- #1

zenterix

- 530

- 74

- Homework Statement
- A force ##\vec{F}_1=A\hat{j}## is applied to ##\vec{r}_1=a\hat{i}## and a force ##\vec{F}_2## is applied to ##\vec{r}_2=b\hat{j}##.

Find the arm ##l## of the resultant force relative to the origin.

- Relevant Equations
- The solution below coincides with the solution manual but at this point it is pretty clear that I arrived at this answer by chance (and incorrect methods).

We have

The torque about the origin is

$$\vec{\tau}=(aA-bB)\hat{k}\tag{1}$$

The resultant force is

$$\vec{F}_R=B\hat{i}+A\hat{j}\tag{2}$$

At this point, all I did was compute

$$|\vec{r}\times\vec{F}_R|=|\vec{r}||\vec{F}_R|\sin{\theta}=l|\vec{F}_R|=|\vec{\tau}|\tag{3}$$

which led to

$$l=\frac{|\vec{\tau}|}{|\vec{F}_R|}=\frac{\sqrt{(aA-bB)^2}}{\sqrt{A^2+B^2}}\tag{4}$$

which coincides with the solution manual

My question is about (3).

I wrote ##|\vec{r}\times\vec{F}_R|=|\vec{\tau}|## without thinking much about why I did that and now it seems pretty incorrect.

Here is my current thinking

1) We have a system of two particles of certain unknown masses ##m_1## and ##m_2##.

2) The resultant force on the system works on the center of mass, which is at an unknown position ##\vec{r}## which appears in (3).

$$\vec{r}=\frac{m_1\vec{r}_1+m_2\vec{r}_2}{m_1+m_2}$$

$$\vec{r}\times\vec{F}_R=\frac{(m_1\vec{r}_1+m_2\vec{r}_2)\times (\vec{F}_1+\vec{F}_2)}{m_1+m_2}$$

$$=\frac{m_1\vec{\tau}_1+m_2\vec{\tau}_2+m_1\vec{r}_1\times\vec{F}_2+m_2\vec{r}_2\times \vec{F}_1}{m_1+m_2}$$

The two last terms in the numerator are zero in this problem.

Thus,

$$\vec{r}\times\vec{F}_R=\frac{m_1\vec{\tau}_1+m_2\vec{\tau}_2}{m_1+m_2}$$

$$|\vec{r}\times\vec{F}_R|=\frac{m_1aA-m_2bB}{m_1+m_2}=l|\vec{F}_R|$$

$$l=\frac{m_1aA-m_2bB}{(m_1+m_2)\sqrt{A^2+B^2}}$$

How did the solution manual arrive at the rhs of (4) as the solution? Ie, why are there no masses in their solution?

The torque about the origin is

$$\vec{\tau}=(aA-bB)\hat{k}\tag{1}$$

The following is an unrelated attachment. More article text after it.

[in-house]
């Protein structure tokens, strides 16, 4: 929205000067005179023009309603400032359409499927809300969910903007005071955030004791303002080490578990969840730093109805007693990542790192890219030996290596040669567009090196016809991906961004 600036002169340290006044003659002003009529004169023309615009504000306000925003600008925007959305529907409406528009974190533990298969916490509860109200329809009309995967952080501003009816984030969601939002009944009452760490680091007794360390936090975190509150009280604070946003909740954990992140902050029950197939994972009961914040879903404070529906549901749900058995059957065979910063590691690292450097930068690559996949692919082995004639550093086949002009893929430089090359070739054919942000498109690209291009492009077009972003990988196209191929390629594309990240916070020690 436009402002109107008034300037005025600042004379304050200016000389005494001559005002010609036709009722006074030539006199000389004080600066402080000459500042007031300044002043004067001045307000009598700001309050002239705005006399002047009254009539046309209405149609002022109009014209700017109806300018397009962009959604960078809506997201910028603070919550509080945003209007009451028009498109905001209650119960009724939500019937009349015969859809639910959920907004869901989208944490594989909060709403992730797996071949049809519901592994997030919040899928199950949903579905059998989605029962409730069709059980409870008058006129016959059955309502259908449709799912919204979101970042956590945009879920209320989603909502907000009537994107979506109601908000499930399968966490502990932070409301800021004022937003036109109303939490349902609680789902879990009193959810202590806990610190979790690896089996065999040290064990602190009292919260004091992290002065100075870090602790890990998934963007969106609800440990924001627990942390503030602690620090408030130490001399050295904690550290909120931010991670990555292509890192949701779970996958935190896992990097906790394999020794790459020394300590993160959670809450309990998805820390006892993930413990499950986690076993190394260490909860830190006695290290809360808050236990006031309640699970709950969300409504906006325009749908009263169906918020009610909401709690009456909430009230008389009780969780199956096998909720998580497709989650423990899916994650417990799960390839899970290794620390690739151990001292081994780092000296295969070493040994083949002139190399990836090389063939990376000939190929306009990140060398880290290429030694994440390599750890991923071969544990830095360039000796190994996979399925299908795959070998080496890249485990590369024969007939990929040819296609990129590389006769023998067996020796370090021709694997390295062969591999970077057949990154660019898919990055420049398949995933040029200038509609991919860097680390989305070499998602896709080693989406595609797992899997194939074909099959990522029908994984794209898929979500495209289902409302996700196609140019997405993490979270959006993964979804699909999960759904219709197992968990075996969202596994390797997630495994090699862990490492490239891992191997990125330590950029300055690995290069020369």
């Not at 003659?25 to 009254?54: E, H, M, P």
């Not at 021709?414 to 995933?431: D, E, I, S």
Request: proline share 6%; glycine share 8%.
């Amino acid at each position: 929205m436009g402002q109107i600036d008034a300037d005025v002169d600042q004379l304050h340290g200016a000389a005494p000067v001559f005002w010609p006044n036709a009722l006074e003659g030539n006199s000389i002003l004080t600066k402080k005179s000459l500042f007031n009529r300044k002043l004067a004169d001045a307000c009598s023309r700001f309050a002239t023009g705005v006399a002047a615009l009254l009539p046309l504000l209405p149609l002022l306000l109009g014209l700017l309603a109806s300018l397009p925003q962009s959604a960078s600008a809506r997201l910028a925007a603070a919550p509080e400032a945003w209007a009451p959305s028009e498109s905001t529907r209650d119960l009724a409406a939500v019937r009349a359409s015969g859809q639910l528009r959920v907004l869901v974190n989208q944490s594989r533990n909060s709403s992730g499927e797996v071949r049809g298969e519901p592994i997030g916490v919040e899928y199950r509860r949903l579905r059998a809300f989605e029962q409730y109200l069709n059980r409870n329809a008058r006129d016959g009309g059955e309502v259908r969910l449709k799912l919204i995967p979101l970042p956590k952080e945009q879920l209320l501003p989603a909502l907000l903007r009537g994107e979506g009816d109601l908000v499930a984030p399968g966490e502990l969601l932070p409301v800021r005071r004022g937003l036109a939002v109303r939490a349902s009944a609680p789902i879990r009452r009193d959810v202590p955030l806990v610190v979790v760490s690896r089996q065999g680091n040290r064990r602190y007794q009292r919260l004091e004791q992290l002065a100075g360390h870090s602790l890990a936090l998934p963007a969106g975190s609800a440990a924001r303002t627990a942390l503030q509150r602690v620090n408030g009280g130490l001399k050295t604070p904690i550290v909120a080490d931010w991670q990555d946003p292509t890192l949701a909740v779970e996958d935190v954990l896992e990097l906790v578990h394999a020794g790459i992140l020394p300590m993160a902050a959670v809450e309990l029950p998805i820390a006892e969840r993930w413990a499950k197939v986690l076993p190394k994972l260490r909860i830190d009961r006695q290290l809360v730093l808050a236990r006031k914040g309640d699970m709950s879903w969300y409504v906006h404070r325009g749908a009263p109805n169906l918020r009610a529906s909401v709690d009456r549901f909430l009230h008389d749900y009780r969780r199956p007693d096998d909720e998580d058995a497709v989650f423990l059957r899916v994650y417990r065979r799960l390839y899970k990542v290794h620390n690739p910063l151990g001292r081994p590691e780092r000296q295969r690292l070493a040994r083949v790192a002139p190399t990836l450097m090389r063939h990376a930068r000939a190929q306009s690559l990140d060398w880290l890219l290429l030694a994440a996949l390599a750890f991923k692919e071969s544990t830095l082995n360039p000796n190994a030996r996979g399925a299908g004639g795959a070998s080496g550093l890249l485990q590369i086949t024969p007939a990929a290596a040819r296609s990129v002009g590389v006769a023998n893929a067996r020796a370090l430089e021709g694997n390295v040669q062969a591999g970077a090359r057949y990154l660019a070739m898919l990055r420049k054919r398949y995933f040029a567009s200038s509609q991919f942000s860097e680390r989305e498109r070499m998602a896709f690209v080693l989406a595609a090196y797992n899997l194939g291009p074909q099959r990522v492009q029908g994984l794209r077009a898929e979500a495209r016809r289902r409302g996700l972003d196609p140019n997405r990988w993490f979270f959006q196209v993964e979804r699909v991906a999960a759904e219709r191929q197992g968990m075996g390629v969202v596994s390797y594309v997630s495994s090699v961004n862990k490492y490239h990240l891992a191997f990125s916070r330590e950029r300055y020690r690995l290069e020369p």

The resultant force is

$$\vec{F}_R=B\hat{i}+A\hat{j}\tag{2}$$

At this point, all I did was compute

$$|\vec{r}\times\vec{F}_R|=|\vec{r}||\vec{F}_R|\sin{\theta}=l|\vec{F}_R|=|\vec{\tau}|\tag{3}$$

which led to

$$l=\frac{|\vec{\tau}|}{|\vec{F}_R|}=\frac{\sqrt{(aA-bB)^2}}{\sqrt{A^2+B^2}}\tag{4}$$

which coincides with the solution manual

My question is about (3).

I wrote ##|\vec{r}\times\vec{F}_R|=|\vec{\tau}|## without thinking much about why I did that and now it seems pretty incorrect.

Here is my current thinking

1) We have a system of two particles of certain unknown masses ##m_1## and ##m_2##.

2) The resultant force on the system works on the center of mass, which is at an unknown position ##\vec{r}## which appears in (3).

$$\vec{r}=\frac{m_1\vec{r}_1+m_2\vec{r}_2}{m_1+m_2}$$

$$\vec{r}\times\vec{F}_R=\frac{(m_1\vec{r}_1+m_2\vec{r}_2)\times (\vec{F}_1+\vec{F}_2)}{m_1+m_2}$$

$$=\frac{m_1\vec{\tau}_1+m_2\vec{\tau}_2+m_1\vec{r}_1\times\vec{F}_2+m_2\vec{r}_2\times \vec{F}_1}{m_1+m_2}$$

The two last terms in the numerator are zero in this problem.

Thus,

$$\vec{r}\times\vec{F}_R=\frac{m_1\vec{\tau}_1+m_2\vec{\tau}_2}{m_1+m_2}$$

$$|\vec{r}\times\vec{F}_R|=\frac{m_1aA-m_2bB}{m_1+m_2}=l|\vec{F}_R|$$

$$l=\frac{m_1aA-m_2bB}{(m_1+m_2)\sqrt{A^2+B^2}}$$

How did the solution manual arrive at the rhs of (4) as the solution? Ie, why are there no masses in their solution?

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